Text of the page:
#1
Jun711, 09:59 AM

P: 4

I try to keep my self appraised of the current news in the field.
I can not say I fully understand it, and thus the questions I am about to ask. Question #1  If you have 21 entangled atoms, and one was separated for x distance and then used for data transference, would the data transferred to the other 20 atoms affect or apply to them equally (if any)? and if so, in what ways and forms and types could this energy be transferred or altered into? for it would seem to me that if one affects 20, then the same would hold true for 1 for 1000. for even though they them selves have the same energy as the one and could only transfer the same, the others by shear numbers would affectively generate much more energy. a single ant may not be able to move a large leaf, but many of them together can. New forms of abundant energy, and if possible, negating the need for copper wire or electric lines, or perhaps even car batteries, with direct wireless transference. Just a thought.  Question #2 At some point in the history of the universe, it seems to me the conditions for entanglement would have been naturally achieved. and if so then therefore it would seem to me that we would or could find naturally entangled atoms and the like, perhaps out in space or flying through the universe. if such could be found then wouldn't it seem plausible to use what's found to spy on what's happening in the other parts of our universe? perhaps as seen through a type of entanglement degeneration?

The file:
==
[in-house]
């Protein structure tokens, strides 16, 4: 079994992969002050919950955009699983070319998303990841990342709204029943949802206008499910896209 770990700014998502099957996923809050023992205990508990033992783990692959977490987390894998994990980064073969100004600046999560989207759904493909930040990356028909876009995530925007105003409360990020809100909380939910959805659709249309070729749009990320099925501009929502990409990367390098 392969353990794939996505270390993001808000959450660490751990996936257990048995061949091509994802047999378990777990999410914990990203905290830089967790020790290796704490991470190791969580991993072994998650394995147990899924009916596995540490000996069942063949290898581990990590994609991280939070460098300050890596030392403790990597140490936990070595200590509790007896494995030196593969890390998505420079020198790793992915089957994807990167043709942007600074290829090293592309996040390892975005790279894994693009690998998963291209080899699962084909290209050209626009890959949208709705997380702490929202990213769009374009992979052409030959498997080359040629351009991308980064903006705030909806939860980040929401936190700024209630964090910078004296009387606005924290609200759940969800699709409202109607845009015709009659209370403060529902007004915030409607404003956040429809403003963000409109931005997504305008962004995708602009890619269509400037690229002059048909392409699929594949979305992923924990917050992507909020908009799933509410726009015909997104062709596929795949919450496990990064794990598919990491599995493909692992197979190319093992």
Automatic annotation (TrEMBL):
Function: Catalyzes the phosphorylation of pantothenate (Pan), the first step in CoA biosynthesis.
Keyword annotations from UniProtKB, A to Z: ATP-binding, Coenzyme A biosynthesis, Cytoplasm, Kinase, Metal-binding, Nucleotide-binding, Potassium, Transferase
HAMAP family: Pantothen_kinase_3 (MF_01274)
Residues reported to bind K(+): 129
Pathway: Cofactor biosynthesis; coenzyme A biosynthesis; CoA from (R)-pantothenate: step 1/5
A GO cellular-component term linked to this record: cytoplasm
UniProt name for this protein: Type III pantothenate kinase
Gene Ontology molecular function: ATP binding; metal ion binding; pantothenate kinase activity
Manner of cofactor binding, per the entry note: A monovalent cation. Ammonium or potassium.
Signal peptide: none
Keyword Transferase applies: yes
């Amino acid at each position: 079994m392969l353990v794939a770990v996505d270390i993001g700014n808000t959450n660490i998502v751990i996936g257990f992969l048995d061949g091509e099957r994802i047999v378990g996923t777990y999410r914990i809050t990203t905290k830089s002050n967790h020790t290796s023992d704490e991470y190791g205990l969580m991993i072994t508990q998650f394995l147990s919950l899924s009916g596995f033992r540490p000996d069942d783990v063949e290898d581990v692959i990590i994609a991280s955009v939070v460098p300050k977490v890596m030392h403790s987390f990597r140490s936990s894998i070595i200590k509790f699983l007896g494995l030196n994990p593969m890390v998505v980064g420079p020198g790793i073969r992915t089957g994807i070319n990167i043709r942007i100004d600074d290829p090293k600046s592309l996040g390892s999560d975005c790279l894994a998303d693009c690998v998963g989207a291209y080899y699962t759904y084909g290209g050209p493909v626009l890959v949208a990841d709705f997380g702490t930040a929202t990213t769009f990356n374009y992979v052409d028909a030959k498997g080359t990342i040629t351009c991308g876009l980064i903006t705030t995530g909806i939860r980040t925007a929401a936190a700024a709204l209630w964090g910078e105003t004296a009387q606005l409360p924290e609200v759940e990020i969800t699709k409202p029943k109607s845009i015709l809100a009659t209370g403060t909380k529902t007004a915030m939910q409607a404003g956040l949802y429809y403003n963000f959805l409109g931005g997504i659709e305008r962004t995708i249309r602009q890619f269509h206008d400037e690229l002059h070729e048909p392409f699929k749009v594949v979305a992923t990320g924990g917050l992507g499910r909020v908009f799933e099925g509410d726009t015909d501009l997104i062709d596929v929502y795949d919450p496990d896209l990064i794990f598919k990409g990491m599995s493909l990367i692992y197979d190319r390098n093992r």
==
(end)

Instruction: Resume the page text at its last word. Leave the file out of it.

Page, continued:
#2
Jun711, 10:17 AM

Sci Advisor
PF Gold
P: 5,146

#1 NO, multiple particle entanglement does not work this way. There are perhaps thousands/millions of permutations. Even 3 is complicated. The 2 case is more straightforward.
#2 We don't know if we are entangled or not. However, decoherence theory suggests that residual effects would be minimal after a relatively short time on a planet (interacting with other matter). 



#3
Jun711, 10:44 AM

P: 915





#4
Jun711, 07:39 PM

P: 4

Quantum Entanglement: Questions
can antimatter be entangled?
 In the regions of where we suspect darkmatter resides (coldspace), could a lasting entanglement occur? 



#5
Jun811, 04:07 AM

Sci Advisor
Thanks
P: 2,132

What do you mean by "entangled" here? As long as you can keep antimatter far enough away from matter (which is not an easy task in our matterdominated environment), it behaves pretty much like matter (thanks to the CPT theorem). So you can, in principle, produce entangled states with antiparticles as with particles.



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